The Major is spluttering with rage over the disclosure that while serious crime is soaring, conviction rates have collapsed:
- Serious wounding- offences have quadrupled since 1980, but conviction rate has slumped from 30% to less than 10%
- Robbery- offences have quadrupled since 1980, but conviction rate has slumped from 23% to 9%
- Rape- offences has increased ELEVENFOLD since 1980, but conviction rate has slumped from 40% to 5%
Doubtless there are all kinds of complex mumble explanations for why this has been inevitable, but the Major and I blame government incompetence.
First, they have been in denial. Even though we can all see the surging tide of lawlessness, and even though recorded crime is through the roof, they keep telling us it's all in our minds. According to their preferred measure- the opinion poll known as the British Crime Survey- crime is falling. But of course, when it comes to serious crime, the BCS is shot full of more holes than a victim of soft crime policy:
"First, almost half the 2.4 million 'violent incidents' that the BCS estimates happened in Britain last year involved no injuries at all, and most of the rest caused only very minor ones. Just 2 per cent required a visit to hospital. Second, even the BCS accepts there have been 'statistically significant increases in stranger violence and in the proportion of offences receiving medical attention', and that when it comes to more serious assaults, police figures have always been much more accurate. The more serious the assault, the more reliable the police figures become: stabbings or beatings that leave their victim near to death have never been likely to pass unreported."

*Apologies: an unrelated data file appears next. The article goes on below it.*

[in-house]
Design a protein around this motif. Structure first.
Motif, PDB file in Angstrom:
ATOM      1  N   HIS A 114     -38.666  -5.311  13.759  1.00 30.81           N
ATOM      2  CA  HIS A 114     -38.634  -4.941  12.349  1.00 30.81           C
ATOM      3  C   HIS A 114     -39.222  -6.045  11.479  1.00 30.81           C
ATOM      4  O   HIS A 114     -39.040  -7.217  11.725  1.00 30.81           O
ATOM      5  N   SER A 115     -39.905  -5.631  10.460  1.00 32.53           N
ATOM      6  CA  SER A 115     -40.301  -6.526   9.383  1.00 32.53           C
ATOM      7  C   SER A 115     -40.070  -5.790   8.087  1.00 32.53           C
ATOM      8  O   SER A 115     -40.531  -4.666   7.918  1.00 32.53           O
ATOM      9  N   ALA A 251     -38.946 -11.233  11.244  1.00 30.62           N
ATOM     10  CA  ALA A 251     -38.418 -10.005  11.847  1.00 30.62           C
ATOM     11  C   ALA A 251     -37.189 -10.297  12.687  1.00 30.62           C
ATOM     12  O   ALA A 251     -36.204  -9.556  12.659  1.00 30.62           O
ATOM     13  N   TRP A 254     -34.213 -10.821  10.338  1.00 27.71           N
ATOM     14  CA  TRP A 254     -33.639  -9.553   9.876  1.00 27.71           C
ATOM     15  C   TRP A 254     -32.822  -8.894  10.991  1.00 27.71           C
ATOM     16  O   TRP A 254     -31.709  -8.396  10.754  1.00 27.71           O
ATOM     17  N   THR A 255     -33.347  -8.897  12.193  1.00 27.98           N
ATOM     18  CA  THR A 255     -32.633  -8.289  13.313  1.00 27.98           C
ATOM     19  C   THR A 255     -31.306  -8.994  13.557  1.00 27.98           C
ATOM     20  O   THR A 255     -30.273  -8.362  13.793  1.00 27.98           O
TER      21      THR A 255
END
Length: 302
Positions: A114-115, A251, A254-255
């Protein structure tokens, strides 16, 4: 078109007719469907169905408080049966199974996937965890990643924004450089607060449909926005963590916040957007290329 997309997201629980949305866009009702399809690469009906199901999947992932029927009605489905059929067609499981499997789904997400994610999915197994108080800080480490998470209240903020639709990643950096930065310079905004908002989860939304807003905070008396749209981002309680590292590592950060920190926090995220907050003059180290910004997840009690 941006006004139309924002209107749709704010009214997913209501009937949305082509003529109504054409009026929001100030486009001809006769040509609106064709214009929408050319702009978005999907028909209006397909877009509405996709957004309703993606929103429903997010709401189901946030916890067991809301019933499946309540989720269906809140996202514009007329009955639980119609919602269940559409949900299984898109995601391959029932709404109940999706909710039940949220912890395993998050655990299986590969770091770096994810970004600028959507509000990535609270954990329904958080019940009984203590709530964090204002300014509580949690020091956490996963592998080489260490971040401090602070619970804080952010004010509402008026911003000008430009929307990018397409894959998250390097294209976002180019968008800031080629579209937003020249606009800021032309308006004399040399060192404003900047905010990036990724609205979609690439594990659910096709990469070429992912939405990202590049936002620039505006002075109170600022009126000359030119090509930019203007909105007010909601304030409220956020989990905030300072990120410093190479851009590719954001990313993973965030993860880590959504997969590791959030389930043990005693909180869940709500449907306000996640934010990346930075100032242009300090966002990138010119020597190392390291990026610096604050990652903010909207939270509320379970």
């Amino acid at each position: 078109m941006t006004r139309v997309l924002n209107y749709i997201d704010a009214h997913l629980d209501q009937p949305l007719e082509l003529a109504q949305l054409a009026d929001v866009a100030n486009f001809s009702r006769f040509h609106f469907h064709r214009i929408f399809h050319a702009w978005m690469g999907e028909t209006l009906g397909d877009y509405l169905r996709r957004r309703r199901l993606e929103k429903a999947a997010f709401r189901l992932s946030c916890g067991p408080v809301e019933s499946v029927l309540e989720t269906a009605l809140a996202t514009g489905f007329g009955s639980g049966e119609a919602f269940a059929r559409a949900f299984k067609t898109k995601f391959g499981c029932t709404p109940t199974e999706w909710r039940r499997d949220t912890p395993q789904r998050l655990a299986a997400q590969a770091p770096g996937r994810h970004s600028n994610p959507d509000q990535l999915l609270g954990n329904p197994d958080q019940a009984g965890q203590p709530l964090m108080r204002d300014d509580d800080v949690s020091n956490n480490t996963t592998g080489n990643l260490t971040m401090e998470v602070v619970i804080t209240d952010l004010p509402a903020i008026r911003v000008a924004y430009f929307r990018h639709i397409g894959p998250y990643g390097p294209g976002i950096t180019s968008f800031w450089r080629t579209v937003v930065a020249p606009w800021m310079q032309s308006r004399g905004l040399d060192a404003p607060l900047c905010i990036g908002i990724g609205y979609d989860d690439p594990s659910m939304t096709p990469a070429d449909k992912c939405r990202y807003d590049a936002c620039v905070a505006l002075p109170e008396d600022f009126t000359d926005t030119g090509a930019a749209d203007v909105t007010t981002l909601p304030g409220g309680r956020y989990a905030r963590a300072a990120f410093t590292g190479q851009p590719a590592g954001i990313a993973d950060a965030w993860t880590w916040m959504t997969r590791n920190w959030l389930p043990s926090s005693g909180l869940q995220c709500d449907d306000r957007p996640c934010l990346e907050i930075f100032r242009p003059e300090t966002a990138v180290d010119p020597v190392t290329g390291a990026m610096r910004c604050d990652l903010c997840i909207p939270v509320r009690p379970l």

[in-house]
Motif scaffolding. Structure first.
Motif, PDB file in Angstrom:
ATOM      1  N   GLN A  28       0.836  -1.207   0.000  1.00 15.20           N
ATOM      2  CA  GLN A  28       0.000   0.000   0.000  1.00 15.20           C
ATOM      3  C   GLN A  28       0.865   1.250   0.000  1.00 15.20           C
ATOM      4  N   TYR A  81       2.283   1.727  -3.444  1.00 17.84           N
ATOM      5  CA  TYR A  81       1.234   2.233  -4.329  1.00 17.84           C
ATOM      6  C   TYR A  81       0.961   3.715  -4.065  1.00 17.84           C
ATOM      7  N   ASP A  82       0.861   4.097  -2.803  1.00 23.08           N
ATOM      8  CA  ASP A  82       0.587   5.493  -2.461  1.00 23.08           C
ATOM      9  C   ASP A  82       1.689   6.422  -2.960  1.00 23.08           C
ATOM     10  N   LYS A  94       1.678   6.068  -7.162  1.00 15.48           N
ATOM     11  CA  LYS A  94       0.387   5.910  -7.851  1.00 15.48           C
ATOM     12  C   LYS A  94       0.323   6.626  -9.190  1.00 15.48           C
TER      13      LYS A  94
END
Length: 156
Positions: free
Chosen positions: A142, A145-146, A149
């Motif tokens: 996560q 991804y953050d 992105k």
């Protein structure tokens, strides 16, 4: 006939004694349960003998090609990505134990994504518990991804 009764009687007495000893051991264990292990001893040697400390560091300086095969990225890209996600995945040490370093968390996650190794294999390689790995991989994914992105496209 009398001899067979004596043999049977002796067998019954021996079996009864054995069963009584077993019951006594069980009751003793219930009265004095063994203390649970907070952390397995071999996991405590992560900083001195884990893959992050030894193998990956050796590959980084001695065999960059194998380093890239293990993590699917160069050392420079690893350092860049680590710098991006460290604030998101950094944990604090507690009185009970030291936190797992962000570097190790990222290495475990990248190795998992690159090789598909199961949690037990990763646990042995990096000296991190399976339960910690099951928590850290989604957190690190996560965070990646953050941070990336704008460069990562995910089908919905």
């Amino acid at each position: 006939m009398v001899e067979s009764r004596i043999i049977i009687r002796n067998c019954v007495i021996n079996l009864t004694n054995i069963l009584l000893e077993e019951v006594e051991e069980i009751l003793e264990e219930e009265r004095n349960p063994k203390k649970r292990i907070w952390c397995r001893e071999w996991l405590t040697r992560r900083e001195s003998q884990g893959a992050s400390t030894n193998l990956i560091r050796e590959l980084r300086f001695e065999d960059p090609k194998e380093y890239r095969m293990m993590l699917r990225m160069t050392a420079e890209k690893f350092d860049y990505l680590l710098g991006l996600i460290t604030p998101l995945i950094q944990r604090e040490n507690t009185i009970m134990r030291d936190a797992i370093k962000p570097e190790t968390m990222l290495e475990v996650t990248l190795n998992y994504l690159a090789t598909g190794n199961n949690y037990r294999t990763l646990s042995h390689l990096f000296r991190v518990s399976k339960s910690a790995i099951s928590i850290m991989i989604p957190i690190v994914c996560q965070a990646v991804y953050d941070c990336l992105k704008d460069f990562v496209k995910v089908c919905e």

Second, the police spend all their time filling in forms so that detection rates are well under a quarter ( see the Policeman's Blog) .
Third, the penalties are thought by peasants, Majors, and criminals alike to be trivial. A long weekend in Sussex by the sea is not really ten to twenty on the Rock.
And fourth, our criminal prosecutors are hopeless. We previously blogged the Public Account Committee's probe into the shambolic Crown Prosecution Service, and here we see the consequences.The £600m pa CPS is a classic bureaucratic quagmire staffed by low-grade lawyers who can't get a job elsewhere. The result is that many bad guys walk free because cases are withdrawn by the CPS: in reality, the CPS can't even answer their office phones, let alone mount consistently professional prosecutions.
As we said before, we need locally elected sheriffs. We also need to break up the CPS and put criminal prosecutions on the hands of locally elected DAs.
Meanwhile, the Major is organising the vigilantes.